Families

Here’s why most child car safety seats are installed incorrectly

Most child safety seats are not properly installed or may be out of date, which is why local fire departments offer technicians who can inspect the fit and use of them and educate parents on how to properly buckle up their children.
Most child safety seats are not properly installed or may be out of date, which is why local fire departments offer technicians who can inspect the fit and use of them and educate parents on how to properly buckle up their children. McClatchy

When Erica Littlewood trains people to become certified child passenger safety technicians, she teaches a weeklong, 32-hour class.

“When people finish, they often ask me for another day,” says Littlewood, who works out of the Burlington Fire Department as a fire and life safety educator. Among other duties, she coordinates 30 technicians in the child passenger safety program for Whatcom, Skagit, Island and San Juan counties.

When one of her students instructs car seat safety to the caregivers in one family, he or she can finish in less than an hour.

That’s because there are hundreds of different cars and hundreds of car seat types – and each family has a specific car make and model, and a specific car seat type, along with children who vary in age. For expectant parents, a doll is used.

“That’s why we ask caregivers to show up at an arranged location with their vehicle, their car seat and their children, so safety technicians can deal with the specific circumstance,” says Littlewood.

“Most car seats are installed incorrectly,” she says. “Our goal is for them to leave with a safer child.”

It’s a serious issue, Littlewood says, since motor vehicle crashes are the leading cause of death and injury for children in the United States.

The situation has been greatly exacerbated by distracted driving, mostly caused by the use of cell phones and other high-tech devices while a car is in motion.

“We don’t call them accidents,” says Littlefield, a 30-year resident of Bellingham. “We call them crashes because almost all of them are avoidable. People have the responsibility and the ability to prevent crashes.”

Don’t shop at garage sales

Child passenger safety technicians are responsible for renewing their certification every two years and child safety seats should be checked regularly.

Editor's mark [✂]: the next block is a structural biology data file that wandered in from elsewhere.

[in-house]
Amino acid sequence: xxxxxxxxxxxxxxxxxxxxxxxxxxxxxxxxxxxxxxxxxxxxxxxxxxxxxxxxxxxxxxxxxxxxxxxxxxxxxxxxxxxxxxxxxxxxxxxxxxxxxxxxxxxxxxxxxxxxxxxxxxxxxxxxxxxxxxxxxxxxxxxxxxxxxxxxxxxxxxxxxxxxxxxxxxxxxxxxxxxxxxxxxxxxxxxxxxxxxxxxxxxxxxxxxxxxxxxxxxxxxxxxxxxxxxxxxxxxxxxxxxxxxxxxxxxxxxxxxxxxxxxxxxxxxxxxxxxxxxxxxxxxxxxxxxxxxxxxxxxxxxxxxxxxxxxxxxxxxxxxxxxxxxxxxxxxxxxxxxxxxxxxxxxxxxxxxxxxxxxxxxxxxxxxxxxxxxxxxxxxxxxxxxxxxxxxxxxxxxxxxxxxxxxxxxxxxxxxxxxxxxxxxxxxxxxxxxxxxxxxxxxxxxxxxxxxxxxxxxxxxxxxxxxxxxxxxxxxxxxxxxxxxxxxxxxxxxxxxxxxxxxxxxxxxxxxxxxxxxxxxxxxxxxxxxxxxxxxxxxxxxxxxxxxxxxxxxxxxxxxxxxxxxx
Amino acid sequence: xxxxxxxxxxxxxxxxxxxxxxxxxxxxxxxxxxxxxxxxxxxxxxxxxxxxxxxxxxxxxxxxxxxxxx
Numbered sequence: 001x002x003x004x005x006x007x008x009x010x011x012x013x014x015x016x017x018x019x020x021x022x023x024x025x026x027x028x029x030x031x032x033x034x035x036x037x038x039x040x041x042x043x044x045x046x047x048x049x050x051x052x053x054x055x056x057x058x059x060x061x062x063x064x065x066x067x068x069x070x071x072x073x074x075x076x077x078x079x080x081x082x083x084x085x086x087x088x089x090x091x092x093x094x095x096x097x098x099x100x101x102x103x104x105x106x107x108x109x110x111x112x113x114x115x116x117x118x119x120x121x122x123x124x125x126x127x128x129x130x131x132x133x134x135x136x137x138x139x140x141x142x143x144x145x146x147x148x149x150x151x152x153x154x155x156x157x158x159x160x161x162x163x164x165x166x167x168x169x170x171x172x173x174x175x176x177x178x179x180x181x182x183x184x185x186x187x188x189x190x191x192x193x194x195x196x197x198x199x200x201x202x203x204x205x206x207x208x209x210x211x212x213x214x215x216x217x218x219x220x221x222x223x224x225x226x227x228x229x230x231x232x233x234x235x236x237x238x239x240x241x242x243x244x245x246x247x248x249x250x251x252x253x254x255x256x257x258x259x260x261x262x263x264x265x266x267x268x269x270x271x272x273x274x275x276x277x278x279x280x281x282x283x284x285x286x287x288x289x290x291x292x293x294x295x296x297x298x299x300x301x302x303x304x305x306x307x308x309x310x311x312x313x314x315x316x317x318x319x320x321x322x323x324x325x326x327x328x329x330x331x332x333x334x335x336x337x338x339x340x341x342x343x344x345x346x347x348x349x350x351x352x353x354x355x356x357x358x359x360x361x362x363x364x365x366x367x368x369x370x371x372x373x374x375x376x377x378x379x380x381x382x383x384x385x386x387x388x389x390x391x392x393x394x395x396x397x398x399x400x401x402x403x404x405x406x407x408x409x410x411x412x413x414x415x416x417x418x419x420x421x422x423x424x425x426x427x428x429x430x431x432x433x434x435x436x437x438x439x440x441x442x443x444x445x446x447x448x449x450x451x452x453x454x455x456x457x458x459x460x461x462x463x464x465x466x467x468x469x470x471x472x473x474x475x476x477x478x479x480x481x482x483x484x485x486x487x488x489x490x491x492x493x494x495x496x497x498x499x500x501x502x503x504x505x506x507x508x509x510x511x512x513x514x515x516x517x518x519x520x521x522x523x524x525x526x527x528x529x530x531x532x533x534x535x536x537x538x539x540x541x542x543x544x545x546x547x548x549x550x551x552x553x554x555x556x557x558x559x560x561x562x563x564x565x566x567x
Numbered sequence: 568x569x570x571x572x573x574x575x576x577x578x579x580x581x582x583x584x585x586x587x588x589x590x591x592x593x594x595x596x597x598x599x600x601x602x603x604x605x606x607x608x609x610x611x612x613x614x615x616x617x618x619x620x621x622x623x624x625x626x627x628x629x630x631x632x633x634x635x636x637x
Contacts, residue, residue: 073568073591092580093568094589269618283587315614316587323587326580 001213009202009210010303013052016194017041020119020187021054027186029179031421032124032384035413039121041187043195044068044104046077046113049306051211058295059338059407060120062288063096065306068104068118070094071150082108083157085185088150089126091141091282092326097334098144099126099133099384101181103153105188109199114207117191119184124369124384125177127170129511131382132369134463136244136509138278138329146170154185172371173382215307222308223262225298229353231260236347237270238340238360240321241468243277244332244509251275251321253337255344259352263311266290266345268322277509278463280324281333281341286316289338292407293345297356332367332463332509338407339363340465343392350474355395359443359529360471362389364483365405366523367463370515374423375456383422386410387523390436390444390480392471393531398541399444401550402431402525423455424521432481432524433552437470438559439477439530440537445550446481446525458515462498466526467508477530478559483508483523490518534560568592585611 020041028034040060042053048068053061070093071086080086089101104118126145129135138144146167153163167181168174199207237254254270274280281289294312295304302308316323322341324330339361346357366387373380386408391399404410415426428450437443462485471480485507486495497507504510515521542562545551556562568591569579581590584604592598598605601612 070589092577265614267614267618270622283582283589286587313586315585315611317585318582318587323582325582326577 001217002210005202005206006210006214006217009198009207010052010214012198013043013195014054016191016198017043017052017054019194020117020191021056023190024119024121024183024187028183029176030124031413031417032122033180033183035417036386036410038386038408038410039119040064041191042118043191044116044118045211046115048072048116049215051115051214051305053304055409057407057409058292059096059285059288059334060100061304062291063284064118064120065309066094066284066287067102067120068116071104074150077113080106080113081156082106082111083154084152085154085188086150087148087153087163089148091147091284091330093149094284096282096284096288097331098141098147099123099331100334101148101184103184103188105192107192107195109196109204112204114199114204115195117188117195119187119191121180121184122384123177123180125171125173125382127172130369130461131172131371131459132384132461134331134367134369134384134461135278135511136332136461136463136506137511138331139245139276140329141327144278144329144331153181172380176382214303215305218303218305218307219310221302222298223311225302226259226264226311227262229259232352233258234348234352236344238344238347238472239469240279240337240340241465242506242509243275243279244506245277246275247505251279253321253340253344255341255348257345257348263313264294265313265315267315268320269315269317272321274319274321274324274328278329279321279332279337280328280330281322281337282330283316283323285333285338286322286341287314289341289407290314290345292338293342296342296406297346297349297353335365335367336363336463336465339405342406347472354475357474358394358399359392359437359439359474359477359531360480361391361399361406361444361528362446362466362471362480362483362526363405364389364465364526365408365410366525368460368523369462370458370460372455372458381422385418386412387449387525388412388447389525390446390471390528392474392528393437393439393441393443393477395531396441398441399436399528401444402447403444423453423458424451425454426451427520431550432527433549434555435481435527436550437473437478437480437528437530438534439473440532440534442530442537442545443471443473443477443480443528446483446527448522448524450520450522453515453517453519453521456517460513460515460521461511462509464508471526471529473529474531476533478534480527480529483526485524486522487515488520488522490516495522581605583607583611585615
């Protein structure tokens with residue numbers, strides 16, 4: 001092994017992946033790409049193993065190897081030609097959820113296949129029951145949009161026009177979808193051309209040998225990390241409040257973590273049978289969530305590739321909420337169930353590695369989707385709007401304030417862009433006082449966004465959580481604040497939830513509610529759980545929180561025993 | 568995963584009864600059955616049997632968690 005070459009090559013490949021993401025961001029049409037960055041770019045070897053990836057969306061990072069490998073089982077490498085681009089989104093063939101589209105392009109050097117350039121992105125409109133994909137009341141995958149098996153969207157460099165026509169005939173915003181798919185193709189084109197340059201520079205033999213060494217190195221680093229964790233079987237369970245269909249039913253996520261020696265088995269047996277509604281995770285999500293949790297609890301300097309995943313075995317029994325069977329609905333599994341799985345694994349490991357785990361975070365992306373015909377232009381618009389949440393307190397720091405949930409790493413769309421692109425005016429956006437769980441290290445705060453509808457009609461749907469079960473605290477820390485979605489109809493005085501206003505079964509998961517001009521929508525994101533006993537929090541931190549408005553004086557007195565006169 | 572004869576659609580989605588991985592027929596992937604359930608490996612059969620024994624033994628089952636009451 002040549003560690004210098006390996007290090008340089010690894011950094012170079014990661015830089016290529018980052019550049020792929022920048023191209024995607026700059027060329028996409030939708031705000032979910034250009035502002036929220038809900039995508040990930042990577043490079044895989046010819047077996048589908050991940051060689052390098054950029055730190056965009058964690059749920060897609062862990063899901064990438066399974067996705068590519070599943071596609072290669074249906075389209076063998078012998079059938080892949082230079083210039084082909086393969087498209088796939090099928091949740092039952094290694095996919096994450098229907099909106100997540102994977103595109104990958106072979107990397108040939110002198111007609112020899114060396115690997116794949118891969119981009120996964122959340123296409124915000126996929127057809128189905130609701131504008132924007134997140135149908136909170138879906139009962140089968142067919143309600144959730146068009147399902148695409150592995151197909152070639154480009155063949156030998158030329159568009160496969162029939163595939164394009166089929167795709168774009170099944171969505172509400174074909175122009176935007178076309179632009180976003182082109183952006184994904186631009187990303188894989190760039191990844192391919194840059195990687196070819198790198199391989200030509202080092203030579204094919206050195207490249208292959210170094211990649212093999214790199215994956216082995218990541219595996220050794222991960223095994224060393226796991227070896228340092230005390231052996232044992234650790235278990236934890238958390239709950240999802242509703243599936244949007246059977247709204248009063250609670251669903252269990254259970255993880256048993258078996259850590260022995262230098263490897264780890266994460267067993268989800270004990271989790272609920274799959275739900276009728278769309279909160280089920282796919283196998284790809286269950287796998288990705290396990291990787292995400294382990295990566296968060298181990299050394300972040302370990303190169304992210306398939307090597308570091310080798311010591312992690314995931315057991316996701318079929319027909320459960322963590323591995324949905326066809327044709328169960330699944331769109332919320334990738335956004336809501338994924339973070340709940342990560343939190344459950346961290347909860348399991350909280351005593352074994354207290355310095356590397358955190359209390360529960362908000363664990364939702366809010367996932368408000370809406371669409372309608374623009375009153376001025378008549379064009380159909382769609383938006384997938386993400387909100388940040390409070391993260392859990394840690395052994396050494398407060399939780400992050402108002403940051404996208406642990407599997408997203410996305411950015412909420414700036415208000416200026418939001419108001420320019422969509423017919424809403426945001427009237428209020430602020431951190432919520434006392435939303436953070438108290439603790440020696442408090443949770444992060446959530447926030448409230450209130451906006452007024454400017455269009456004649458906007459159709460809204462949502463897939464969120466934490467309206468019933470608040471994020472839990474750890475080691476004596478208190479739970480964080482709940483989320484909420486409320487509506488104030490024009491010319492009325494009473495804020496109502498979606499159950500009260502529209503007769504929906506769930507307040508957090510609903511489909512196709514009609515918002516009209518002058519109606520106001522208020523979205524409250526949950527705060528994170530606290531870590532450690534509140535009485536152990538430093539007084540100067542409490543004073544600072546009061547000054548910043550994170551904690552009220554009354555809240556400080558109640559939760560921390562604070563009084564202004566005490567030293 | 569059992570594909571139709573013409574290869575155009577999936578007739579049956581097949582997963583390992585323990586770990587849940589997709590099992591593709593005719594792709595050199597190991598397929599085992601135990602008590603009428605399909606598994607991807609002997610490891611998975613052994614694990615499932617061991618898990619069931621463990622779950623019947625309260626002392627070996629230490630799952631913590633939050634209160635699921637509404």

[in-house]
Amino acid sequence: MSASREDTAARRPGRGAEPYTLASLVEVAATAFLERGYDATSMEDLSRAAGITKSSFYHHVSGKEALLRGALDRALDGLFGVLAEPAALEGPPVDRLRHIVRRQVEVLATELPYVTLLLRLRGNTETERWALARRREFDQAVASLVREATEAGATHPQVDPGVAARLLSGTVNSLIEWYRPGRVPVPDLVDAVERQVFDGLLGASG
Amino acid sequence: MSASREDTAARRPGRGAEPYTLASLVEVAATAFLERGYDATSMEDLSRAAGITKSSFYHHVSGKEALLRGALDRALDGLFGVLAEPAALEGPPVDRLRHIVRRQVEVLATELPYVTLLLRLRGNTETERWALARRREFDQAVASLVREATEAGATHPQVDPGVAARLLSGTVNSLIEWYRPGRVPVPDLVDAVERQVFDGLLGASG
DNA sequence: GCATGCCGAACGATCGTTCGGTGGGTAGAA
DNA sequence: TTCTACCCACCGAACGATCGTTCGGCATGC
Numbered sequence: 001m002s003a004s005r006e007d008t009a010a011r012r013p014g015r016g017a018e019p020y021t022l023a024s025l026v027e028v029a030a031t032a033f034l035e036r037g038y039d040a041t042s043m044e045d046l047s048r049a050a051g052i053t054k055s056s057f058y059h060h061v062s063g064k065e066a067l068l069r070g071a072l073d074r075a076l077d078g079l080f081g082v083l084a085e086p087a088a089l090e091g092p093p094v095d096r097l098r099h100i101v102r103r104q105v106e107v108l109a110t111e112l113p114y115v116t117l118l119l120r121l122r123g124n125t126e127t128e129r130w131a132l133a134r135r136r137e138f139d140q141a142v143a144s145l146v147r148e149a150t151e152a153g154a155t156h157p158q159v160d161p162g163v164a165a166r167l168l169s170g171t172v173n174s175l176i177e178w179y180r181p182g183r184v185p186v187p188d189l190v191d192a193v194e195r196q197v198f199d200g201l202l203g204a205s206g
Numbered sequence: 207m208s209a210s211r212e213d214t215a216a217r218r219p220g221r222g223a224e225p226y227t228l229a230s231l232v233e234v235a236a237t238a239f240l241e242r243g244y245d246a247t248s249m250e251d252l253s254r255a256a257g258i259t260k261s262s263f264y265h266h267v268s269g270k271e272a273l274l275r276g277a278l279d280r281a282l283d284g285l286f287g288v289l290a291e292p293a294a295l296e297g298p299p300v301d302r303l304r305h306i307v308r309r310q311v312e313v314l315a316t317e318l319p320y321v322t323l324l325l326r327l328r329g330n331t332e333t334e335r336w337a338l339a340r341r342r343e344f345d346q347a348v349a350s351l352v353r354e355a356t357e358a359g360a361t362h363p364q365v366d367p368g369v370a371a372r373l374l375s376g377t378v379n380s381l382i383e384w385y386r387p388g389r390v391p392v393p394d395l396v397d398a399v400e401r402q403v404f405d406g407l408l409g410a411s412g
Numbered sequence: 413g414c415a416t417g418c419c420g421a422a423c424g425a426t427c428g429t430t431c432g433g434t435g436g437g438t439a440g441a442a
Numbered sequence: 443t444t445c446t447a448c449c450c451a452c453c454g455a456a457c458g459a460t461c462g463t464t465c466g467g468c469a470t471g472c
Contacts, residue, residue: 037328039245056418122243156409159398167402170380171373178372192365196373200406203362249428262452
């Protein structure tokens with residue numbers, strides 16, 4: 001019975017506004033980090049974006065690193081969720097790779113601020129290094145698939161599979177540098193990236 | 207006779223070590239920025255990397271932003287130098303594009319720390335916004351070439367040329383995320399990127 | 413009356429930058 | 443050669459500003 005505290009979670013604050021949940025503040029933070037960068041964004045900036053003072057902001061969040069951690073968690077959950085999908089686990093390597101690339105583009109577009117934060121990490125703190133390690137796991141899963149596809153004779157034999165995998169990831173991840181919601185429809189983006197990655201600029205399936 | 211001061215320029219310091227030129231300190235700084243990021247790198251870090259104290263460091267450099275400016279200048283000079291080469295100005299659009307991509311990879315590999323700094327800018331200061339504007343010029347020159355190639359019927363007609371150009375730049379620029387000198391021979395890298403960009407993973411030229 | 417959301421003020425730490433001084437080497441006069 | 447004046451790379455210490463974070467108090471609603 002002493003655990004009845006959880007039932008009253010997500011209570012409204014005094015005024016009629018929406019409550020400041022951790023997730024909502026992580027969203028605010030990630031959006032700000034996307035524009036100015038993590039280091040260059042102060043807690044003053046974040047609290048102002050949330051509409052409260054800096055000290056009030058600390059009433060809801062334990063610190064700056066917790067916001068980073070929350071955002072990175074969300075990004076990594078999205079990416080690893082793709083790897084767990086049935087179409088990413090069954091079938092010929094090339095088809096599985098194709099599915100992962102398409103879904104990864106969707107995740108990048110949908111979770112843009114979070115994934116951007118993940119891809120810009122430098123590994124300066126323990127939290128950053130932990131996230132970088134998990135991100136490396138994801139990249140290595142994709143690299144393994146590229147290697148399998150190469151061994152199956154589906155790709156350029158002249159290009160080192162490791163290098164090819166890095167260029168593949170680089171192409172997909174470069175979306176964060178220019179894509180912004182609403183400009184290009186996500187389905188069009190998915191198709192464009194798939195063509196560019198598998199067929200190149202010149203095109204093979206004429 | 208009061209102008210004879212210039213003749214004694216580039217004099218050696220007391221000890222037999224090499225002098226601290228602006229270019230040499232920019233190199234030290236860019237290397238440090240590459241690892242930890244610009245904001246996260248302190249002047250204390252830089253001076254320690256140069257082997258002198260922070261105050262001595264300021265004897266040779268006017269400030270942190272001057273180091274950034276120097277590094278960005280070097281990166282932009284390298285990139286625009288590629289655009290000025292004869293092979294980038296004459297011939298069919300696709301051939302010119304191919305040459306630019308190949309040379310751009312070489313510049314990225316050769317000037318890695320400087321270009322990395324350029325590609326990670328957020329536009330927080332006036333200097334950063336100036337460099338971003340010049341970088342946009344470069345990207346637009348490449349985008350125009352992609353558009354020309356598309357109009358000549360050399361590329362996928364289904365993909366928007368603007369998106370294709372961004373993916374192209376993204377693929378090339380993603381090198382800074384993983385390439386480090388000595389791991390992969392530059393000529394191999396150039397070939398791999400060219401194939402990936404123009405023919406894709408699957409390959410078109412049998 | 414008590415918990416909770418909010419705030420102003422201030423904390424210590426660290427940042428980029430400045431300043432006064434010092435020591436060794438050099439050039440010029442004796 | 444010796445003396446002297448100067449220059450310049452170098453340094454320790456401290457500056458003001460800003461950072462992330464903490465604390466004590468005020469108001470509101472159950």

Car seats expire within six to 10 years with regard to their capacity to safeguard children, Littlefield says. In other words, don’t look for them at a garage sale. The retail cost can run from $60 to $400, she says.

The curriculum used to teach child passenger safety technicians comes from the National Highway Transportation Safety Administration.

The modern car seat concept debuted in the 1970s. Many of today’s grandparents rarely if ever were constrained by one.

But new car seats are considerably more complex than those early models, with a variety of restraints and features. And never put one in the front seat of a vehicle.

“You can install a car seat with a seat belt or a lower-anchor, but not with both,” Littlewood says.

“Parents should absolutely read the manuals that come with car seats,” she says.

To find a local child passenger safety technician, go to SafeKids.org, and click on “car seat events.” A good web page for detailed information is the “Parents and Caregivers” link at Safercar.gov.

For people who want to be sure a specific type of car seat works if that seat can not be returned to the retailer, Littlewood says “We recommend that people borrow a seat to see if it fits in their vehicle.”

Washington state laws

Vehicle occupants of any age and size must be restrained properly. The driver is held responsible for properly securing all passengers under the age of 16.

Children under age 13 must ride in the back seat, whenever practical to do so.

Children must ride in an appropriate car safety seat until they reach age 8 or are 4 feet, 9 inches tall, whichever comes first. Car safety seats (car seats or booster seats) must be used according to the manufacturer’s instructions.

Children who have reached both age 8 and 4 feet, 9 inches tall made ride in an adult seat belt if it fits properly.

Car seat best practices

Step 1: Rear-facing car seat (birth to age 2).

Step 2: Forward-facing car seat (age 2-up).

Step 3: Booster seat (up to 4 feet 9 inches, 8-12 years old).

Step 4: Lap-and-shoulder seat belt in the back seat.

Step 5: Lap-and-shoulder seat belt in the front seat (age 13-up).

SOURCE: Mary Bridge Car Seat Help Line (253-403-1417), part of Mary Bridge Children’s Hospital and Health Center

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